Earlier this week, Pinterest introduced their new web analytics platform. Since then, some people seem to be excited about it, but others are baulking at how basic the information provided is. For serious Pinterest marketers, I can understand that the new web analytics platform will at most be an add-on to the meatier Pinterest analytics platforms offered on third-party sites.
However, since the average brand on Pinterest isn’t currently tracking their Pinterest statistics at all, this new platform right there on the Pinterest website could be very helpful. I think everyone should take advantage of it, and this is why.
First of all, it’s very simple and straightforward to use. You don’t have to have a Pinterest business account to access these web analytics, but you do have to have a verified website. To get started, you’ll first have to switch to Pinterest’s new look. Then, you’ll have to verify your website. Once you have done both of those things, you’ll see “Analytics” in the drop down menu in the upper right hand corner underneath your username. The best tutorial I found for using this new Pinterest feature is here: How To Use Pinterest Analytics.
Another reason why it makes sense to use this feature is because tracking these statistics will help you understand your Pinterest following much better. Assuming you aren’t tracking any Pinterest web analytics right now, wouldn’t it be nice to know which of your pins were repinned the most, which ones were clicked the most, how many impressions you’ve received from your pins and more? You’ll even be able to track your daily averages and how that trend is increasing or decreasing over certain time periods based on your pins.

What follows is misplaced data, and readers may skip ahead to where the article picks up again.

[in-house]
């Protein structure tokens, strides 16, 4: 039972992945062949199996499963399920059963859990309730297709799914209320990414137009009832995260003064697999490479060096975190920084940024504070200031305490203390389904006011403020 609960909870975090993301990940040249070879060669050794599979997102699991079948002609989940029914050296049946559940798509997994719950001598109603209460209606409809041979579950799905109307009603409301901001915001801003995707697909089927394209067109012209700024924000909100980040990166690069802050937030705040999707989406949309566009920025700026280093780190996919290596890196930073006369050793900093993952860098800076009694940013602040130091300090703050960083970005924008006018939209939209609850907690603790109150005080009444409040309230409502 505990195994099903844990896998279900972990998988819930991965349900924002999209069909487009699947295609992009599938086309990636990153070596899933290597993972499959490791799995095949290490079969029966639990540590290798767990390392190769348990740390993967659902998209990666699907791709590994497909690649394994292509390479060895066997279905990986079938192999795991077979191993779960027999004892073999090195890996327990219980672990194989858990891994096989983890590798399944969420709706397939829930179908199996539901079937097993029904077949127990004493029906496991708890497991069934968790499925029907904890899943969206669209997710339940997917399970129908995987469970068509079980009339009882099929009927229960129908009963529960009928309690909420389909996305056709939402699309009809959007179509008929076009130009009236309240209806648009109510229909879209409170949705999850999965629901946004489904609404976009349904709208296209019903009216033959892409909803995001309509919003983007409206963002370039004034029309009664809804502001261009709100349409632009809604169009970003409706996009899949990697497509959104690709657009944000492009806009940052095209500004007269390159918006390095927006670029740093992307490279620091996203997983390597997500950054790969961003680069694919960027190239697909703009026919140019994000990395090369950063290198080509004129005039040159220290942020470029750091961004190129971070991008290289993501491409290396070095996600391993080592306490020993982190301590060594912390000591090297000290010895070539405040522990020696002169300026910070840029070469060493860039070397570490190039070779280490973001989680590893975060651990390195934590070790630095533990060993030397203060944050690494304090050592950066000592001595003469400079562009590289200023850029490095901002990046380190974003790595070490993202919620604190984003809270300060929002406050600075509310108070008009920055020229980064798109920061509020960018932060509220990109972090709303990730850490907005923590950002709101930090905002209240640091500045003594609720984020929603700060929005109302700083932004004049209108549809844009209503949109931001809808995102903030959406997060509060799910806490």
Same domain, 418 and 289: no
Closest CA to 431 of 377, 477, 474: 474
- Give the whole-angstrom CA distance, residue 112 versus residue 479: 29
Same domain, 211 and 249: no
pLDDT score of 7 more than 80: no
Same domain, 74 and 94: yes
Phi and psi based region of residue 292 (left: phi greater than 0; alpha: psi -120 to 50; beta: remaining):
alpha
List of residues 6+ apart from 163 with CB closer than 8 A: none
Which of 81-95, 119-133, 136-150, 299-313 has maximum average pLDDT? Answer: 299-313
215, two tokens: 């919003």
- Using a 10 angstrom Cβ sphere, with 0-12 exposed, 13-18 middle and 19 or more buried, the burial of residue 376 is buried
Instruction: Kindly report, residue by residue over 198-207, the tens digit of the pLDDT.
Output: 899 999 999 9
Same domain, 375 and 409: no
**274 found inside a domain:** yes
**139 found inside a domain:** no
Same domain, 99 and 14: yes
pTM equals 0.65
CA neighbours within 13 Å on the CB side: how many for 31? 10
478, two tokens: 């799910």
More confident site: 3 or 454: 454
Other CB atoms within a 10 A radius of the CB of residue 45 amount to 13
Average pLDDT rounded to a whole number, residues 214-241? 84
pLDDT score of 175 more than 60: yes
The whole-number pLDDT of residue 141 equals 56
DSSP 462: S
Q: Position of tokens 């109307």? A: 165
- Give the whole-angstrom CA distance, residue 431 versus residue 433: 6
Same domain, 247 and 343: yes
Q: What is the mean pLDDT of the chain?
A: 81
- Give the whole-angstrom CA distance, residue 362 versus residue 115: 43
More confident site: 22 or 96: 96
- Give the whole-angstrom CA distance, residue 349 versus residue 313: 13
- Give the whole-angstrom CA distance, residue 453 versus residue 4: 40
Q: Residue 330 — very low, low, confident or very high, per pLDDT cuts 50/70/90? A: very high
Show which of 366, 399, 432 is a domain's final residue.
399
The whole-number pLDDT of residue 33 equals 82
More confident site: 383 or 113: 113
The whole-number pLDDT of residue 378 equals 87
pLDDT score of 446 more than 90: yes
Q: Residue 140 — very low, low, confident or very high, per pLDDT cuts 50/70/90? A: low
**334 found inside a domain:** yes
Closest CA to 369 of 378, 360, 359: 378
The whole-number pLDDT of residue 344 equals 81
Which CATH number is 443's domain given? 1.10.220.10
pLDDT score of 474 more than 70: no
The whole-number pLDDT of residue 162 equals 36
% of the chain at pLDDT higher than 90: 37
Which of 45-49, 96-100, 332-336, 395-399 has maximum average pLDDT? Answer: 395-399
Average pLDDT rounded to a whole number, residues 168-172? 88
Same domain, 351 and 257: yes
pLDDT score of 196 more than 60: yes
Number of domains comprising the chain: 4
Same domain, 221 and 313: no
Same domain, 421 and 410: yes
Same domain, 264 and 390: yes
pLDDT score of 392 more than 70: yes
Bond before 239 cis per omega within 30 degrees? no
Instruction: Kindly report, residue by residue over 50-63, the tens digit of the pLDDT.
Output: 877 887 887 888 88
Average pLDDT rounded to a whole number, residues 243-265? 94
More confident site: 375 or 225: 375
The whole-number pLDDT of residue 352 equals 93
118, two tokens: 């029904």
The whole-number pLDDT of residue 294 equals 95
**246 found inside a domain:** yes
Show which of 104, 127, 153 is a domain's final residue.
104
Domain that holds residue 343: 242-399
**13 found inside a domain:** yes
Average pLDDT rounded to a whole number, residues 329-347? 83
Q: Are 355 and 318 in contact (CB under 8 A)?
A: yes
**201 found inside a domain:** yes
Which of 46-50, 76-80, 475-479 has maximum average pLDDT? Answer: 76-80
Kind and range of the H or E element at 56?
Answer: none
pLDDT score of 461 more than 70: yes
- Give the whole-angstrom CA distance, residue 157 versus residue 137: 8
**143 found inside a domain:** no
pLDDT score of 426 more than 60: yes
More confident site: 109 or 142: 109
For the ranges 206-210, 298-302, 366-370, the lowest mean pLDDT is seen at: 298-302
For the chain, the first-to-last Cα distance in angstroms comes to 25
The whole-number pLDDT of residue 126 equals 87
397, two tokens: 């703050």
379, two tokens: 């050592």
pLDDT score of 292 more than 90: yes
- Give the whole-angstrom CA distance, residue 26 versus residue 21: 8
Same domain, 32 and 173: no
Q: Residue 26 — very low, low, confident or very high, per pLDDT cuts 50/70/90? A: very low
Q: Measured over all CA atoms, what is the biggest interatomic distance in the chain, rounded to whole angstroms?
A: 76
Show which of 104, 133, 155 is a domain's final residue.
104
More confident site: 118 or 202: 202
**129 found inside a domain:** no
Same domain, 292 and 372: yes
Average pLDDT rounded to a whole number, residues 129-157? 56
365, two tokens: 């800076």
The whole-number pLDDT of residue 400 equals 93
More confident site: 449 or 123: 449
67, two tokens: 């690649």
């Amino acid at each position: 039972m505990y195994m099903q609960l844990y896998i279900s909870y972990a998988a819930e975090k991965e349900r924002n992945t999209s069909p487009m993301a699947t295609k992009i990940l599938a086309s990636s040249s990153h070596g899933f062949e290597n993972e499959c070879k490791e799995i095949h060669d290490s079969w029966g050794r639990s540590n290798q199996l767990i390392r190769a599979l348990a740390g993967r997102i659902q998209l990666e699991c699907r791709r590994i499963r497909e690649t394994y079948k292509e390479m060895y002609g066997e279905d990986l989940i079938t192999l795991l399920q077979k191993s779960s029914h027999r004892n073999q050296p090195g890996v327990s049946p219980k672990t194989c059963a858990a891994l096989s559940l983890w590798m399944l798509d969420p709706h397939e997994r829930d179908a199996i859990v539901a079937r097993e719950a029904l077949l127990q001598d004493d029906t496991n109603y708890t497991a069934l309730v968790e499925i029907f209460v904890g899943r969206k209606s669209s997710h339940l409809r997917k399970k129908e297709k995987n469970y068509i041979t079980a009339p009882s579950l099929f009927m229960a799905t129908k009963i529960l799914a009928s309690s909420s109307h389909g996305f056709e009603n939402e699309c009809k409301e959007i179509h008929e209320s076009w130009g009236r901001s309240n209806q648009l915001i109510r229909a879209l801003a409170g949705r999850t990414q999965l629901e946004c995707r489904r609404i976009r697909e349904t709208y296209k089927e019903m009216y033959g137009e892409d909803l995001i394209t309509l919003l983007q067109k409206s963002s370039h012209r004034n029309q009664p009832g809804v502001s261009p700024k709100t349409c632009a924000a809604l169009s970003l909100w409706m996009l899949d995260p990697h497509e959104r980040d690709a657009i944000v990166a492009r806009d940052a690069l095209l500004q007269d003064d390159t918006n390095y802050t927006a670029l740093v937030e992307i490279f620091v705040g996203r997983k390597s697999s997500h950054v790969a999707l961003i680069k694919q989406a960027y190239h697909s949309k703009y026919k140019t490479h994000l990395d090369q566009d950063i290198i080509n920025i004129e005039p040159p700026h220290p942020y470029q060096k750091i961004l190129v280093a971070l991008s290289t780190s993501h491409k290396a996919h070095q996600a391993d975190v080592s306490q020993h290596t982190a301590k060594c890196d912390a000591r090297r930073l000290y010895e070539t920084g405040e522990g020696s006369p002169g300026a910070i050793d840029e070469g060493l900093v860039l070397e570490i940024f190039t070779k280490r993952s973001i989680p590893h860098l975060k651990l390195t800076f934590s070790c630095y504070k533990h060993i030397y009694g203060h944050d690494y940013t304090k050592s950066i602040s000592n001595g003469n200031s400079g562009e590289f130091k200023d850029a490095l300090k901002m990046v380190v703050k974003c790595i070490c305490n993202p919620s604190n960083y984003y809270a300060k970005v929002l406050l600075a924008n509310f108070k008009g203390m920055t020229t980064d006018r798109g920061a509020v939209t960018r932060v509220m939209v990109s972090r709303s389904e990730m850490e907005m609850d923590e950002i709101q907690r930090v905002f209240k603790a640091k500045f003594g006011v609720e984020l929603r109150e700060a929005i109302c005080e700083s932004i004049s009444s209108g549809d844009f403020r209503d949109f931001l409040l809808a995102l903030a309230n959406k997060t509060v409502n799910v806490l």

When it comes to marketing, there is an old adage that says, “Amateurs guess and professionals know.” In other words, without tracking your web analytics on Pinterest, you are just guessing about what will work or not when it comes to your marketing. Sure, sometimes you might hit it just right, but wouldn’t you like more facts so you can formulate a solid marketing strategy based on real information?
We wouldn’t think about trying to grow a website without any statistics, so it only makes sense that we would also see the importance of using these analytics to grow our effectiveness on Pinterest. I always think statistics are exciting, and sometimes when they are kept simplified like this, they make the most sense. I think every Pinterest user who is the least bit serious about their marketing should check out this new web analytics tool. If you need a little more Pinterest inspiration, check out this article I found called 21 Unexpected Ways Brands Can Use Pinterest.